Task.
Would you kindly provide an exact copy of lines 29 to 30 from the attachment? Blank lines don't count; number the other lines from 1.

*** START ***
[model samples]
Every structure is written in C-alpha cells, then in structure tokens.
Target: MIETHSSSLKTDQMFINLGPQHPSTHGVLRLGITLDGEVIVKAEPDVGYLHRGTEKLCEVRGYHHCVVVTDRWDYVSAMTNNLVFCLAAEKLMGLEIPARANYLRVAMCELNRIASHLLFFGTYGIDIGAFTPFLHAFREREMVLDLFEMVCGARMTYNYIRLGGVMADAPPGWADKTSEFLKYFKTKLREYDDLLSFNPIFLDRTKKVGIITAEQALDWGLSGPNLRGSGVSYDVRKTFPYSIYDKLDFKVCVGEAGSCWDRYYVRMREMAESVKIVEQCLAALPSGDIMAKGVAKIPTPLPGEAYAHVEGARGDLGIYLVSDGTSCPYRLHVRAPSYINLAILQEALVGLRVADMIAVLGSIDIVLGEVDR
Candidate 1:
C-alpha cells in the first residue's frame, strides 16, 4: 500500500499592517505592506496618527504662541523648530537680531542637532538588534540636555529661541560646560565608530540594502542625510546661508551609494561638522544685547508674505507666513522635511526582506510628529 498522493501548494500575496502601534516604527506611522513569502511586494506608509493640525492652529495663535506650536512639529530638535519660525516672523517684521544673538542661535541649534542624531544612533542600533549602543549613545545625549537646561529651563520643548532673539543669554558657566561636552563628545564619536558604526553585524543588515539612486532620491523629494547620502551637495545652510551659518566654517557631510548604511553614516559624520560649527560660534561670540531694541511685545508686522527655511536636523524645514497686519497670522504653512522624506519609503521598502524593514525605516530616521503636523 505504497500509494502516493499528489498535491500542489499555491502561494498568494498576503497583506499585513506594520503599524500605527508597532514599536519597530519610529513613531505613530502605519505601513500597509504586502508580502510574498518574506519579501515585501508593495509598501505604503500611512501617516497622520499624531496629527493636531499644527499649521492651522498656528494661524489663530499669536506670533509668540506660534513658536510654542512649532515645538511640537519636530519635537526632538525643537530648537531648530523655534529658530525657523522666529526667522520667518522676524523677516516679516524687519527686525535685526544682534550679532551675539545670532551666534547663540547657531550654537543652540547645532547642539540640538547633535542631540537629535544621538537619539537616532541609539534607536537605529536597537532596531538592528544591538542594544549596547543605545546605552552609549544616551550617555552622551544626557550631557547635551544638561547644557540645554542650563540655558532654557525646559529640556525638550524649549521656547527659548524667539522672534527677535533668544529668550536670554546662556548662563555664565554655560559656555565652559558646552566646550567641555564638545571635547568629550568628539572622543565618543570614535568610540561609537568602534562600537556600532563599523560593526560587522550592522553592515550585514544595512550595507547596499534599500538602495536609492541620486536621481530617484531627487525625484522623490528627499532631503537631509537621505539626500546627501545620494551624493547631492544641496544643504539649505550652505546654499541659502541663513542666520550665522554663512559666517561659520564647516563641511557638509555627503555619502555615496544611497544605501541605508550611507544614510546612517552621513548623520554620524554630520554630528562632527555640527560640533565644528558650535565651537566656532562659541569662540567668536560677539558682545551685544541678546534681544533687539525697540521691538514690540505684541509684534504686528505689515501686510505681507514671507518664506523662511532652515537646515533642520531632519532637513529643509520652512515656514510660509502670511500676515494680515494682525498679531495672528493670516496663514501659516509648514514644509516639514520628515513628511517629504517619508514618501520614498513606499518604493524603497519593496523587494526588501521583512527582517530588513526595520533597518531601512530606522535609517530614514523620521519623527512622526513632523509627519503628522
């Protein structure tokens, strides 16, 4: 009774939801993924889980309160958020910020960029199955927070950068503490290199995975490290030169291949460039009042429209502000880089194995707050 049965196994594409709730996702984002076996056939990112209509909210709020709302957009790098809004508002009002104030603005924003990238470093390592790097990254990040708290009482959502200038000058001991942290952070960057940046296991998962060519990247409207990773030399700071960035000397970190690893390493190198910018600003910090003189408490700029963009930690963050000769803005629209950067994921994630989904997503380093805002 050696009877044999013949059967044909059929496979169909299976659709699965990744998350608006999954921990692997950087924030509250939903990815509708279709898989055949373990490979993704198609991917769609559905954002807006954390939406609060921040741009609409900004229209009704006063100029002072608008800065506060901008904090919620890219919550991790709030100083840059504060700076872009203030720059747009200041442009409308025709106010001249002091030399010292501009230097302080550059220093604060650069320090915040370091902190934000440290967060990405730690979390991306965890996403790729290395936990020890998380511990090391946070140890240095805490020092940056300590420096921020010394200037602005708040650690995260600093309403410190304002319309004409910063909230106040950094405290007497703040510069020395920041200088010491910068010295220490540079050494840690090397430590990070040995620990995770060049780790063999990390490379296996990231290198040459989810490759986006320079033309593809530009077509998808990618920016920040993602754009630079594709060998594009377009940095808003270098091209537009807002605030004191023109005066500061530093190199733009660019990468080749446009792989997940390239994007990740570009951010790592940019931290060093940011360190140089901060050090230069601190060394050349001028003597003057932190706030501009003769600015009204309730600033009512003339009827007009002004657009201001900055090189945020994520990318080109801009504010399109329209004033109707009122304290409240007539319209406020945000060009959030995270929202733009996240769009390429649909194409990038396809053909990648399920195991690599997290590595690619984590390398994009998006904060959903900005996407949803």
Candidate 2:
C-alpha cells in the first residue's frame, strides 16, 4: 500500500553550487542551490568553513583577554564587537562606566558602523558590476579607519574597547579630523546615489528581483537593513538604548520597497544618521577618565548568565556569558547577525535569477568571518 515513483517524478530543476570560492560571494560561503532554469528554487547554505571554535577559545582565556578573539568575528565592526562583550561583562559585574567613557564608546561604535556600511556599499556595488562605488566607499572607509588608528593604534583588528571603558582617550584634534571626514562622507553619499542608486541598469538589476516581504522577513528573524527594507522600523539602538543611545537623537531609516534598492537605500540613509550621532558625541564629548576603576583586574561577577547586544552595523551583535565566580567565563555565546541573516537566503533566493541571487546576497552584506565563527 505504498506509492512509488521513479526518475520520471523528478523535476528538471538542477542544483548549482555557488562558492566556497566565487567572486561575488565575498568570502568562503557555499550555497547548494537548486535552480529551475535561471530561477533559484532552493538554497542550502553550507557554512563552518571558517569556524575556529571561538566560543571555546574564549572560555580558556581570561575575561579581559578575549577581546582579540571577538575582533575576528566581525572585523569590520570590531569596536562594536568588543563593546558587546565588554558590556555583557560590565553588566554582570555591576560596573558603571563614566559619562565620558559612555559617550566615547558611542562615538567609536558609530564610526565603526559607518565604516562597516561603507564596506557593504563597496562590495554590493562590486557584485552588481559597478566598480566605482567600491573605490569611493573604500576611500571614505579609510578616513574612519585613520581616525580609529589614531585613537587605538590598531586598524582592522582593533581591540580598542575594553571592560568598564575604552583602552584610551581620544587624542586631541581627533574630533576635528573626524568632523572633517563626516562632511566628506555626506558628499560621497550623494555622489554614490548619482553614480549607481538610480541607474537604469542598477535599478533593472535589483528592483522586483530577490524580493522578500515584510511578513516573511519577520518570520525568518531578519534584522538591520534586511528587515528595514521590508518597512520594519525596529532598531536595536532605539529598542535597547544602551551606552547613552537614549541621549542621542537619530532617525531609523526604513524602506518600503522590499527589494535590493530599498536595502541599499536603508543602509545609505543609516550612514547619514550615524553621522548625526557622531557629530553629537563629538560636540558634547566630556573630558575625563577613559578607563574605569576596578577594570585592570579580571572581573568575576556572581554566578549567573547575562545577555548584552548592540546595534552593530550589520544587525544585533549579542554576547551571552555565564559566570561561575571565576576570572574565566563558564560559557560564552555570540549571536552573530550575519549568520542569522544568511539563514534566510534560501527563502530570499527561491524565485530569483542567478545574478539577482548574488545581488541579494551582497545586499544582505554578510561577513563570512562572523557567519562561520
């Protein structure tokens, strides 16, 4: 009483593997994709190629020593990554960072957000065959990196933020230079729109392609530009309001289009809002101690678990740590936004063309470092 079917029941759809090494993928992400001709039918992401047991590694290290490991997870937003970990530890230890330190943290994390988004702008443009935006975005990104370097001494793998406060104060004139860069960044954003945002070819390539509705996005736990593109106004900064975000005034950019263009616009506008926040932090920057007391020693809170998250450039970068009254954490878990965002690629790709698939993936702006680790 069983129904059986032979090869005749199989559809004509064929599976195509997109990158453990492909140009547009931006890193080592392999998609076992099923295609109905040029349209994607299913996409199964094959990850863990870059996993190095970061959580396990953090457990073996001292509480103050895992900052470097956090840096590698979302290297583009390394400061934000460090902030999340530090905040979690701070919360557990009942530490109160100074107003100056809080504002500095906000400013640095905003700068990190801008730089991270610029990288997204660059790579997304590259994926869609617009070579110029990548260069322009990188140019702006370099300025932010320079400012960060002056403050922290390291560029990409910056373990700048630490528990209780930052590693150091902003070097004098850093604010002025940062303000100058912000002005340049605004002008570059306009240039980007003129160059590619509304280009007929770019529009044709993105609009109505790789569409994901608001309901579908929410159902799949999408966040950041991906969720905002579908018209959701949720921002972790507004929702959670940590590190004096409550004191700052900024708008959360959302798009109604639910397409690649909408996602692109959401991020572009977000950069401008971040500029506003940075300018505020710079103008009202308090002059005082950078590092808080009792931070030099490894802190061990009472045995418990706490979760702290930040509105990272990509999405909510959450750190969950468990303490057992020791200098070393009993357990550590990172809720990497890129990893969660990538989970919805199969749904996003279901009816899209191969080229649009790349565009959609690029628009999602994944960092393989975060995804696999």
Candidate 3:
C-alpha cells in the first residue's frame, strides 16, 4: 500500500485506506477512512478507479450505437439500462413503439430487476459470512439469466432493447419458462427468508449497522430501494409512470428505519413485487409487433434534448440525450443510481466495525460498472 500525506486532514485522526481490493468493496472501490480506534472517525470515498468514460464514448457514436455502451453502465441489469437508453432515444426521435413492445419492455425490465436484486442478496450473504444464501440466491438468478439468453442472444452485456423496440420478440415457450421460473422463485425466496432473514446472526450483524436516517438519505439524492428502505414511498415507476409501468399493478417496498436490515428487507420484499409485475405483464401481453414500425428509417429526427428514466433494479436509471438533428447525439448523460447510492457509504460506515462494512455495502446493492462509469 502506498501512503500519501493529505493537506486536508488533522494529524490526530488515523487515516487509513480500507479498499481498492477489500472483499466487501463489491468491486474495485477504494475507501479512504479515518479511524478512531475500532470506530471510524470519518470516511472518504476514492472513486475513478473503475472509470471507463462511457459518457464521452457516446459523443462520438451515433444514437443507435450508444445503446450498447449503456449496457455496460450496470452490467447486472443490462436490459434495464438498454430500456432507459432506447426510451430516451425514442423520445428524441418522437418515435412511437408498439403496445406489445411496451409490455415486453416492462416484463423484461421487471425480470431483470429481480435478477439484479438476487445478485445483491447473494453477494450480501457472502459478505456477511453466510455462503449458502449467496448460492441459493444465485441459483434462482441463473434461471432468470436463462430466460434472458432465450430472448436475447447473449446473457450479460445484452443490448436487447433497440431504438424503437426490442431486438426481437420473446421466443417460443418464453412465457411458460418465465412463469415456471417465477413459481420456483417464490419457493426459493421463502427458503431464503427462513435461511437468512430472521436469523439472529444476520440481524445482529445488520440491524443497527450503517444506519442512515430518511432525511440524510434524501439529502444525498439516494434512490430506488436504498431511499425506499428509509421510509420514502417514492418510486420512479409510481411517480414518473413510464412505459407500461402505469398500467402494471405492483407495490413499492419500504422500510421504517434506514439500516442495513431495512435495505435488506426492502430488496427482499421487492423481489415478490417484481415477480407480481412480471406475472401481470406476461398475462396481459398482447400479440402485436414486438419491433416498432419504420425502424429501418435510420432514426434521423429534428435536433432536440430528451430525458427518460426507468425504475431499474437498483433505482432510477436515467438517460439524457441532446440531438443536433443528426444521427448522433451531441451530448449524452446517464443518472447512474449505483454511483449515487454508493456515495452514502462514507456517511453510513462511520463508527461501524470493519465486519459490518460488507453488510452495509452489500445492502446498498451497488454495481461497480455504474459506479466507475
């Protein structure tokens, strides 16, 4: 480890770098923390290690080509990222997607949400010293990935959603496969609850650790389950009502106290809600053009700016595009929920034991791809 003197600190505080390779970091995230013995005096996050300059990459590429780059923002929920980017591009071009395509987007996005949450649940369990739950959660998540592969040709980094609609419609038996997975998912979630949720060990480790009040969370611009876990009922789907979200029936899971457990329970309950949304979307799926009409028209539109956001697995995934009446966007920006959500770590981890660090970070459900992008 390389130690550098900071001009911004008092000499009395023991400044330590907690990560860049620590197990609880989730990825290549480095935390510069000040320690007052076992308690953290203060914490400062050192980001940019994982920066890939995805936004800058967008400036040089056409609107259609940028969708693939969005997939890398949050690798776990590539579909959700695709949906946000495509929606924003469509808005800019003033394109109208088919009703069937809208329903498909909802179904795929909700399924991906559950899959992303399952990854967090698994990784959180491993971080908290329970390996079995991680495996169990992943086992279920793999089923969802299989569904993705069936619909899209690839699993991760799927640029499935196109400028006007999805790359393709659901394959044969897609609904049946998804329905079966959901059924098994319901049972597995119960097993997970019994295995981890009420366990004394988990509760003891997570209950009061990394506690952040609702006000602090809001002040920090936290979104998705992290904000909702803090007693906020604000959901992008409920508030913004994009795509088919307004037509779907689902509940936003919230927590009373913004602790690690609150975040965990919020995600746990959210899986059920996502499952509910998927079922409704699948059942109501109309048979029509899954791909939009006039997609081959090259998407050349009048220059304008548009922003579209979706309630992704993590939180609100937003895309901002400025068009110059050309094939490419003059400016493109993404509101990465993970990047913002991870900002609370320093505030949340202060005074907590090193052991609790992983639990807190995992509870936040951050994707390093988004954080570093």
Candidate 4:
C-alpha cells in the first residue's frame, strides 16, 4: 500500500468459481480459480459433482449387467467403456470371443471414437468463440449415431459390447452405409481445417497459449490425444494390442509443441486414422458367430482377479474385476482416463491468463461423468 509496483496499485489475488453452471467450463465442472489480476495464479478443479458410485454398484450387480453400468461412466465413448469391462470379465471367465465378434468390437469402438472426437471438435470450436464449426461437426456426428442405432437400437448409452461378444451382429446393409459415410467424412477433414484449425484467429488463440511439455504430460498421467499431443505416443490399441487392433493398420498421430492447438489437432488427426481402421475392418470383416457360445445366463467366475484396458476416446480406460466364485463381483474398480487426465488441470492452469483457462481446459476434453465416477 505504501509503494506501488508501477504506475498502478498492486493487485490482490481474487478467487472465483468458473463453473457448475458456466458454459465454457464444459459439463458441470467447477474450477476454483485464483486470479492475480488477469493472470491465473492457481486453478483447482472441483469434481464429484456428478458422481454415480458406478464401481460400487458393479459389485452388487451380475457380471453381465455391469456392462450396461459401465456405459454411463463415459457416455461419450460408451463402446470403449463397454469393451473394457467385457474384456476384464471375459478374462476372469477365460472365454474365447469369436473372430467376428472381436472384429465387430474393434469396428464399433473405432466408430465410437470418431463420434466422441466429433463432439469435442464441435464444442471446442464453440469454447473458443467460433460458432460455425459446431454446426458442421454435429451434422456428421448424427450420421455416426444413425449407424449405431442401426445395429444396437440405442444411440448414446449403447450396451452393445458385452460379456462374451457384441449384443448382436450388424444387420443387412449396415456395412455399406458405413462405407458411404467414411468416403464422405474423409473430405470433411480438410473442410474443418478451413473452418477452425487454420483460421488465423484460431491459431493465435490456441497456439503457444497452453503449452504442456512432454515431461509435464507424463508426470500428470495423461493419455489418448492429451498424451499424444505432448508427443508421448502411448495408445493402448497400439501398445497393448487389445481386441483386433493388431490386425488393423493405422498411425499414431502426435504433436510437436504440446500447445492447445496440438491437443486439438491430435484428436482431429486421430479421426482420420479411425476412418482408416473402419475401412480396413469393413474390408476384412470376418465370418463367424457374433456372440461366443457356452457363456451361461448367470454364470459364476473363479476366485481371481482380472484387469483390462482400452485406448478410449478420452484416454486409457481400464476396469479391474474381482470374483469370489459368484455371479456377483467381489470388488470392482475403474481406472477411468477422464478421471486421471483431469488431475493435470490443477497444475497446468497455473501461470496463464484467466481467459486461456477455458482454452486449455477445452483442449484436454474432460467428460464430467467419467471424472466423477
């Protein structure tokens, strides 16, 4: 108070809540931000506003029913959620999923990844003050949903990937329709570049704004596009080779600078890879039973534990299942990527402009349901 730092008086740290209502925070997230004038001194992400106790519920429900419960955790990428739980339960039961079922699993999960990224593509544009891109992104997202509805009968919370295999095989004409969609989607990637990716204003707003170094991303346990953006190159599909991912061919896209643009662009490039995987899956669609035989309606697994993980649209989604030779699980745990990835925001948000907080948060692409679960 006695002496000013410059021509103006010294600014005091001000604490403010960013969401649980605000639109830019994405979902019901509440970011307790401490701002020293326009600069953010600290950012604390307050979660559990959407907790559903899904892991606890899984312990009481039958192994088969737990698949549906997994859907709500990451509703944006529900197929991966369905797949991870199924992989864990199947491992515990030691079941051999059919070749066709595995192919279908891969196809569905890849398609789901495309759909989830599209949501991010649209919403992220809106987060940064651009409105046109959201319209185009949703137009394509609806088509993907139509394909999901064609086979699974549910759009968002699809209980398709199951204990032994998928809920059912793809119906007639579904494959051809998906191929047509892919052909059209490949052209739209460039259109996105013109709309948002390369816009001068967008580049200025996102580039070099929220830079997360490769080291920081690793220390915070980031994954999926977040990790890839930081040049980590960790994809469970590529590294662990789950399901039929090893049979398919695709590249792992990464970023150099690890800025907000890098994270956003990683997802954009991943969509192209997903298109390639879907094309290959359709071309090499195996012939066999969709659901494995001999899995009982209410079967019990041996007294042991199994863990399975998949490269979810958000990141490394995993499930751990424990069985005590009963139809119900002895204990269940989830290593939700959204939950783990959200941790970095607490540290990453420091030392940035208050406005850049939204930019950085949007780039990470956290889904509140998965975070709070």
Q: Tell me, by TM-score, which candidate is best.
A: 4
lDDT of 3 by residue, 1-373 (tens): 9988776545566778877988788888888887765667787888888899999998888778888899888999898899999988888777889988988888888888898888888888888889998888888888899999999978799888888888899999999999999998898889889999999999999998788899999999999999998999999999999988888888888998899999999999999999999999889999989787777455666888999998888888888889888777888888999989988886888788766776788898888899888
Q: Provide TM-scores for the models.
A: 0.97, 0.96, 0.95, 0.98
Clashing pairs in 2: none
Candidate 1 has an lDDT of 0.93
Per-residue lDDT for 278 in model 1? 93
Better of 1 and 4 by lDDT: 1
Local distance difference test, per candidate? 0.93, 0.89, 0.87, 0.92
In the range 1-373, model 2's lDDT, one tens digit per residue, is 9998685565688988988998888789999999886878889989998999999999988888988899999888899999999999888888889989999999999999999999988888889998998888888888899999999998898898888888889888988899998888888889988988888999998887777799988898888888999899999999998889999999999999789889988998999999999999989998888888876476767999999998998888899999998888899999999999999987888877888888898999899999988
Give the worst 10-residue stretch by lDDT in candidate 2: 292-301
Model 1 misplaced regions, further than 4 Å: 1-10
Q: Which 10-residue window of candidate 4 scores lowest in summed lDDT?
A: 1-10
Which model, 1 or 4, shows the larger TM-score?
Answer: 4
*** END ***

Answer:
Q: Which 10-residue window of candidate 4 scores lowest in summed lDDT?
A: 1-10